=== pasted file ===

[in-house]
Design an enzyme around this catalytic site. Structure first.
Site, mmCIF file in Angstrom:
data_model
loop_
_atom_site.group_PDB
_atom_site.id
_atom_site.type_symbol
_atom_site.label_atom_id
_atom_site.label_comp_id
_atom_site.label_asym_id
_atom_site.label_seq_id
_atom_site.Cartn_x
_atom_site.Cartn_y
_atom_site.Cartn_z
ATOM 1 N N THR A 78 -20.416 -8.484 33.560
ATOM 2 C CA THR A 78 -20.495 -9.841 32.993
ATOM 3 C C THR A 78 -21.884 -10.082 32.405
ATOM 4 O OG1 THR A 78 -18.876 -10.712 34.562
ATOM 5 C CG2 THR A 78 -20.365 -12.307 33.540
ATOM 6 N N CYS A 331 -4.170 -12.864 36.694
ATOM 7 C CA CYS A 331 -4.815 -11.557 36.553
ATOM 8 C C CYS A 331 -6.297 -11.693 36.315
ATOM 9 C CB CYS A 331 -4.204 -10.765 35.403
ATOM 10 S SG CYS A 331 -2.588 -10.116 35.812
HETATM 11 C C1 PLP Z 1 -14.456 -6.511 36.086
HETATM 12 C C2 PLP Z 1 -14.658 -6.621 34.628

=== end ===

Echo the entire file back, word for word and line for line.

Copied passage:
[in-house]
Design an enzyme around this catalytic site. Structure first.
Site, mmCIF file in Angstrom:
data_model
loop_
_atom_site.group_PDB
_atom_site.id
_atom_site.type_symbol
_atom_site.label_atom_id
_atom_site.label_comp_id
_atom_site.label_asym_id
_atom_site.label_seq_id
_atom_site.Cartn_x
_atom_site.Cartn_y
_atom_site.Cartn_z
ATOM 1 N N THR A 78 -20.416 -8.484 33.560
ATOM 2 C CA THR A 78 -20.495 -9.841 32.993
ATOM 3 C C THR A 78 -21.884 -10.082 32.405
ATOM 4 O OG1 THR A 78 -18.876 -10.712 34.562
ATOM 5 C CG2 THR A 78 -20.365 -12.307 33.540
ATOM 6 N N CYS A 331 -4.170 -12.864 36.694
ATOM 7 C CA CYS A 331 -4.815 -11.557 36.553
ATOM 8 C C CYS A 331 -6.297 -11.693 36.315
ATOM 9 C CB CYS A 331 -4.204 -10.765 35.403
ATOM 10 S SG CYS A 331 -2.588 -10.116 35.812
HETATM 11 C C1 PLP Z 1 -14.456 -6.511 36.086
HETATM 12 C C2 PLP Z 1 -14.658 -6.621 34.628